When you were as poor at running the ball as the West Virginia University football team was during Neal Brown’s first year as the Moutnaineer head coach, it would be a pretty safe bet to expect some attempted changes in that area as WVU closes 2019 and begins to look ahead to 2020.
As for just how drastic those changes will be for WVU, however, is anyone’s guess.
“When you’re as poor at that area as we were, everything’s on the table,” Brown said. “Schematics, the whole deal. That is the No. 1 thing — and there is a clear gap between that and anything else — we’ve got to get better at offensively.”
There are 130 teams in the Football Bowl Subdivision, and West Virginia’s per game rushing average (73.25 yards) was good enough to land at No. 128 in the country. Nobody on WVU’s roster topped 75 rushing yards in a game during the 2019 season, while the team’s leading rusher — sophomore Leddie Brown — ran for just 367 yards.
West Virginia’s yards per carry average (2.63) was the second-worst in FBS this season, and the Mountaineers finished the season having not scored a rushing touchdown since quarterback Austin Kendall’s 1-yard scramble in the second quarter of West Virginia’s Oct. 5 loss to Texas in Morgantown — that’s a streak spanning 30 quarters of football and counting. The last time a WVU running back found the end zone? You have to go back to Martell Pettaway’s game-winning run in the fourth quarter at Kansas on Sept. 21.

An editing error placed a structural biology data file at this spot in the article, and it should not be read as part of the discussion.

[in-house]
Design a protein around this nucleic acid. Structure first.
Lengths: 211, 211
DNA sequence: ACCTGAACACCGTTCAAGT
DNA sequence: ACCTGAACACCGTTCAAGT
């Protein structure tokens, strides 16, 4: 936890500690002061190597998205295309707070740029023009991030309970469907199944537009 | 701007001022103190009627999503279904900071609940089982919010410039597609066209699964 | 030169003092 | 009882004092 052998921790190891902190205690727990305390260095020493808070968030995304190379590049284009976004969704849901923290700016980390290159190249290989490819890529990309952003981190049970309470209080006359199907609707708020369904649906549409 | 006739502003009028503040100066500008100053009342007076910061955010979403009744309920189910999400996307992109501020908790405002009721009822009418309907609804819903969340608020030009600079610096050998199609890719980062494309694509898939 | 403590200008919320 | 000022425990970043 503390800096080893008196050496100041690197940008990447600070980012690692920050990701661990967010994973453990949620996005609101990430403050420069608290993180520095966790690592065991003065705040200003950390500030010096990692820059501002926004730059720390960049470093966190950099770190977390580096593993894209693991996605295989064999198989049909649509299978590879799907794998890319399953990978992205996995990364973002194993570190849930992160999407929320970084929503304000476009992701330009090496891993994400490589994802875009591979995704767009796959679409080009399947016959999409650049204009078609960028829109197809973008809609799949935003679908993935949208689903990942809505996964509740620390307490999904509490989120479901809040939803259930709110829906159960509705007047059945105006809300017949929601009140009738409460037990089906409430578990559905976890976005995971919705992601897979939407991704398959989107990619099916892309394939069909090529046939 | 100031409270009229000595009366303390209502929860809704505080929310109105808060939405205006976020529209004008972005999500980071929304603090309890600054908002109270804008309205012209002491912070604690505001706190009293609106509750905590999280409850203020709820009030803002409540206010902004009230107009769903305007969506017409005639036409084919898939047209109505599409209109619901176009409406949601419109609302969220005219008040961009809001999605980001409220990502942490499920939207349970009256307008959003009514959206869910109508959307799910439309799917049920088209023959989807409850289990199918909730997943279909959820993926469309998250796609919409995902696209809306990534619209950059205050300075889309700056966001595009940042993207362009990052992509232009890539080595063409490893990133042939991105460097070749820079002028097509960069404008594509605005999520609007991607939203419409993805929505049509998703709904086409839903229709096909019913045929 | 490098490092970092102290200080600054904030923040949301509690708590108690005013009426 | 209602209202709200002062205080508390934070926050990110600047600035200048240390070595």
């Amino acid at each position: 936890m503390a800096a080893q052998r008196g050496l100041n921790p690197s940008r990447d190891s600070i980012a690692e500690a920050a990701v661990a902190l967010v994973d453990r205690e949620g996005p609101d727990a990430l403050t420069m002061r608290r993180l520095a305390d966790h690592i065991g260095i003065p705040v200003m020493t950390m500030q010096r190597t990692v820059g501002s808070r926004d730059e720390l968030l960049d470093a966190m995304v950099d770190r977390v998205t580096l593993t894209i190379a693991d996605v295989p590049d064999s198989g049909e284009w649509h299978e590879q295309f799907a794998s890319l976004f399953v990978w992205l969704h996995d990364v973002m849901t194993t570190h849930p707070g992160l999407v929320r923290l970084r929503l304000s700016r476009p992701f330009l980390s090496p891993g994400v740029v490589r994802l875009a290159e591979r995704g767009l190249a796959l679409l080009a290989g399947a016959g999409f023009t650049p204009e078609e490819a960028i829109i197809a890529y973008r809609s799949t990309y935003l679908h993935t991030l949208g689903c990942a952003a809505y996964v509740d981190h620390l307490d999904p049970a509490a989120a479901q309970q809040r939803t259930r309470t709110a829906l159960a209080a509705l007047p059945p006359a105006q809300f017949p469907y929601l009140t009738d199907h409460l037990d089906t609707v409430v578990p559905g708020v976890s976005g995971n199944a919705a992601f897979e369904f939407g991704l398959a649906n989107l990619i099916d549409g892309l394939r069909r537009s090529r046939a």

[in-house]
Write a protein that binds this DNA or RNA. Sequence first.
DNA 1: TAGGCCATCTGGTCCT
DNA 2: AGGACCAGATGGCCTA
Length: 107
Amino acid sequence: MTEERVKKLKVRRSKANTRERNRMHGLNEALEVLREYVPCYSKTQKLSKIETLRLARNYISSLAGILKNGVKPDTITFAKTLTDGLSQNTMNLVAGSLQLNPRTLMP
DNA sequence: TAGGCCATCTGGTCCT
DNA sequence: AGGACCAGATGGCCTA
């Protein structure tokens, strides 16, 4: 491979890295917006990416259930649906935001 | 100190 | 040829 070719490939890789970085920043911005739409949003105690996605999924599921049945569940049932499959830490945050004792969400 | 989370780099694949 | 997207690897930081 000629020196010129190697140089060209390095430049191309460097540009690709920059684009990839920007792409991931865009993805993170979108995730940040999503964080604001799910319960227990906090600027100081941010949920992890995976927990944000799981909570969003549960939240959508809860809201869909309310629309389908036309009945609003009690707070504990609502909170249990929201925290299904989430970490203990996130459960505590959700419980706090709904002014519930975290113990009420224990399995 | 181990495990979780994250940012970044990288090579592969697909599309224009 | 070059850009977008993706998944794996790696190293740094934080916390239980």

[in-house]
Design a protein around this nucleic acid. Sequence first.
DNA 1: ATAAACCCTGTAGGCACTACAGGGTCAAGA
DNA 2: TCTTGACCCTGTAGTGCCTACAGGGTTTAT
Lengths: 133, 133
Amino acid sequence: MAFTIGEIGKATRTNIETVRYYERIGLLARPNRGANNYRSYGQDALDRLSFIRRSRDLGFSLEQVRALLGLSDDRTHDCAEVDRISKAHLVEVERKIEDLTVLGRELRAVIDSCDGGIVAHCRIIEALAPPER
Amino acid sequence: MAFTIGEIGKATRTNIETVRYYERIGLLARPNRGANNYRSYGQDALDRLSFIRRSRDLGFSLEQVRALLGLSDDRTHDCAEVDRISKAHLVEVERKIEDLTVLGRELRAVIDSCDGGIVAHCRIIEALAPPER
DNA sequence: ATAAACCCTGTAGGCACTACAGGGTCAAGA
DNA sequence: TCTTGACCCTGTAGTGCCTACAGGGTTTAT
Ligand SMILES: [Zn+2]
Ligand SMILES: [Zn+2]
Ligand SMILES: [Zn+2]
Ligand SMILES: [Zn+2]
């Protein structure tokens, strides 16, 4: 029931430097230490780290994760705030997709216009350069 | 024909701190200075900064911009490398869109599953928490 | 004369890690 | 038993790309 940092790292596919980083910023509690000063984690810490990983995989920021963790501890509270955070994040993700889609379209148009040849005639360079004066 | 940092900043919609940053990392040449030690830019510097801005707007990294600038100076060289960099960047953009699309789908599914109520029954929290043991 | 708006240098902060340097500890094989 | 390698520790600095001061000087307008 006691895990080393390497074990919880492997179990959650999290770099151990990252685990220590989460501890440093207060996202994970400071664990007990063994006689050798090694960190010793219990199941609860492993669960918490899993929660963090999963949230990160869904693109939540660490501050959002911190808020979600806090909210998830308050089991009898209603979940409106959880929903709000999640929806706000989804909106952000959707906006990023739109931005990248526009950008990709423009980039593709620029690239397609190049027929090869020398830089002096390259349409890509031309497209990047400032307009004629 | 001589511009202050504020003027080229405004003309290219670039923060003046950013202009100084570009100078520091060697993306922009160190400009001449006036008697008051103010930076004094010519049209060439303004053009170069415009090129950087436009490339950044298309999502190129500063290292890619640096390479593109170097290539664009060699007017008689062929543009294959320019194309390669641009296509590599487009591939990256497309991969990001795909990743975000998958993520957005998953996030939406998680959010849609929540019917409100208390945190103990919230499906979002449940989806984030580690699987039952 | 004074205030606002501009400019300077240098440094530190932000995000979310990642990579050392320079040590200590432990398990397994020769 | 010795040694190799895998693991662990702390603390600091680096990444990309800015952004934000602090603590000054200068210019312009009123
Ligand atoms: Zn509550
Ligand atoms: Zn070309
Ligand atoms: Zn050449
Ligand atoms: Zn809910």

“That’s why the offseason is so critical,” Neal Brown said. “We’ve got to do a better job finishing runs at running back. We’ve got to do a better job in space at running back. You can address some of that during the offseason and get a little better at that. And then some of that is recruiting. We’ve got to recruit guys who can compete for playing time.”
WVU’s recruiting efforts at running back took a hit this week when Brooklyn (New York) prep standout Lamy Constant reopened his recruitment after previously making a verbal pledge to the Mountaineers, and there are no other current commitments in West Virginia’s 2020 class at running back. The coaching staff is almost certainly working to change that between now and the Dec. 18 start of the early signing period, but the concept behind Brown’s plan is pretty simple — recruit players who are going to compete for playing time, and develop the guys once you get them on campus. In the quest to fix the West Virginia running game, that concept is not limited to just the running backs.
“The development piece is critical,” Brown said. “We’ve got to get stronger, especially on the interior part of the offensive line. Some of that’s youth, and time will solve that. Some of that is technique. There’s a strength component, but there’s a pad level component and there’s an explosive component to it we’ve got to get better at.”